Flash Fiction goes by many names: micro fiction, sudden fiction, short short stories, skinny stories (no fat allowed) and postcard fiction. I gather in China it translates to a palm-sized smoke because it should only last as long as a cigarette (thanks Wikipedia).
There’s no easy way to describe what it is, but I think the organisers of the annual Bridport Prize have come up with a useful working definition. The Bridport, by the way, has just closed its doors for 2014: next year’s international competition opens again in late November.
Flash fiction contains the classic story elements: protagonist, conflict, obstacles or complications and resolution. However unlike the case with a traditional short story, the word length often forces some of these elements to remain unwritten: hinted at or implied…
You only have 250 words to play with for your Hysteria flash fiction entry and that means you must write tight.
5 Flash Fiction Tips
- Don’t try to write a 250 word story. Write a 400 words story and cut it back.
- Use a setting or a character with which your reader will be familiar. For example, if your story is set during WWI you won’t need to spend words describing what it was like in the trenches – we have a shared understanding of the appalling conditions soldiers endured. In the same way, Father Smith conjures up a visual image in the way that Mr Smith doesn’t.
- Use a familiar story telling structure. I once won 25 euros with this 30 word story. A Fairy Tale of Croydon. This is the foot that the glass slipper wouldn’t fit. These are the lips that didn’t turn you into a prince. Happy anniversary. This is the wish that came true.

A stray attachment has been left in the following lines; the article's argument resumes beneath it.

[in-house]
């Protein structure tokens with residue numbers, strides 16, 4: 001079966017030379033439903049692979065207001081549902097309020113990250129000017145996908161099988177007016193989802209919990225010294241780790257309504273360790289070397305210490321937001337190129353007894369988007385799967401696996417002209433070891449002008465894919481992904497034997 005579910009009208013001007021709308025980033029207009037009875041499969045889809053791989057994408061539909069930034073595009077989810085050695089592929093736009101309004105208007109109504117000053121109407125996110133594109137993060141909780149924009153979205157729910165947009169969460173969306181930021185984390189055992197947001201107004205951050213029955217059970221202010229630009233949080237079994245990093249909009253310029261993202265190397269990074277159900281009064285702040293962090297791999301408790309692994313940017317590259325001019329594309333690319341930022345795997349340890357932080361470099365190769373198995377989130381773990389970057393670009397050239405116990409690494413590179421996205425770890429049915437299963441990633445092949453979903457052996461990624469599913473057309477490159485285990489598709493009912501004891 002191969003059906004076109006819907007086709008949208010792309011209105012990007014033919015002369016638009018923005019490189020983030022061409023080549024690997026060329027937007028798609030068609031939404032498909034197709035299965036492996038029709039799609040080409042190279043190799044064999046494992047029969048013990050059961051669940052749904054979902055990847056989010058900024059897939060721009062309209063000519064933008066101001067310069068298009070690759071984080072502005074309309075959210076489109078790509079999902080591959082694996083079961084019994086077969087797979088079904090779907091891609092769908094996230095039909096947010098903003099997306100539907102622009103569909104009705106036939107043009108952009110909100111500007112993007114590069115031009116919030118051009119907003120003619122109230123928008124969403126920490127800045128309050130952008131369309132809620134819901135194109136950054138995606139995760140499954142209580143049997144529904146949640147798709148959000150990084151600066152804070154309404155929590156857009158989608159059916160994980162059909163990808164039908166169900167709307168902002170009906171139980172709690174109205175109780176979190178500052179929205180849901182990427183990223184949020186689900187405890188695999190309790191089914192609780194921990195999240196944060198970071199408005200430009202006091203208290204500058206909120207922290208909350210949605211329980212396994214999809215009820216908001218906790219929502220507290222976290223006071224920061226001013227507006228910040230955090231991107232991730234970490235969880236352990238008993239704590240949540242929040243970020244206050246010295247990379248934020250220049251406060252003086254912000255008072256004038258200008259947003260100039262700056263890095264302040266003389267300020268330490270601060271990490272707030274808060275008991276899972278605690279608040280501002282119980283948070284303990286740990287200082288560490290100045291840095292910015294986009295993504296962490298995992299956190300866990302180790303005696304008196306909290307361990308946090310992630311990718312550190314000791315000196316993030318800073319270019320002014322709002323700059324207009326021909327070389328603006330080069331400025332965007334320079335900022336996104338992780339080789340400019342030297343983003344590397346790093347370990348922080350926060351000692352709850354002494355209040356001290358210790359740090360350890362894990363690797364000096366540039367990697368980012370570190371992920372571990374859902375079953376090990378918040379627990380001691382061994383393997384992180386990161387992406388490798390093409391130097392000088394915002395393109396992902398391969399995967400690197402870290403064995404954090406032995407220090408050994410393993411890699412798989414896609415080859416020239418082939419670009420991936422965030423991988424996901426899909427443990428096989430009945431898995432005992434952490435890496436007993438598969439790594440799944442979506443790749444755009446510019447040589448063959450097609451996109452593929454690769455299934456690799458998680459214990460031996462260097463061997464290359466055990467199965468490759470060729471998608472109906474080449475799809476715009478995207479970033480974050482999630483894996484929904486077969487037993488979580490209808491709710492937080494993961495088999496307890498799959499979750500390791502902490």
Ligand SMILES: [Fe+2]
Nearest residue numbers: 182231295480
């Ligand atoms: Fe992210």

- Make use of your title. It’s important that it adds to your story and doesn’t just label it.
- The Latin poet Horace wasn’t thinking of flash fiction when he advised writers to start in medias res – in the middle – 2000 years ago, but there’s no room for introductions or scene setting when you have so few words. Dive in and trust the reader to follow.
Where to Find Inspiration
I hope these tips are useful, but they aren’t going to help if you’re still struggling to find an original story idea.
You might like to try this exercise. It is one of 30 featured in my paperback and ebook Back to Creative Writing School. Go to Wikipedia. In the left hand column you can click for a random article. Click it four times to get four articles – you’re allowed to throw one away. Make a story out of the three you have left.
This is what I came up with:
- Short biography of an accountant who became Lord Mayor of London in the 1990s
- A small asteroid first discovered in 1989
- List of Gambia’s diplomatic missions throughout the world
- A butterfly called the Tiny Flat found in the Kutch region of India
My gut feeling was to ditch the asteroid. So I imagined a stuffy male accountant attached to the British embassy in India. An amateur naturalist, he falls in love with a member of staff at the Gambian mission. It is inconvenient for all sorts of reasons (both married to other people? I don’t know yet, but whatever the problem it has to be serious enough to scupper career plans) and their relationship lasts as long as the short life span of the Tiny Flat that they come to know on their walks. Only for the man it is the one true love of his life.
If this was a short story, in the last scene the main character, dripping with ancient chains of office, presides at the annual Lord Mayor’s Procession. At the moment when he has it all, when there is nothing more to achieve, he sees a limousine bearing the diplomatic plates of the Gambia and he is transported back to the woman he long ago gave up. If I were writing flash fiction this would be the only scene.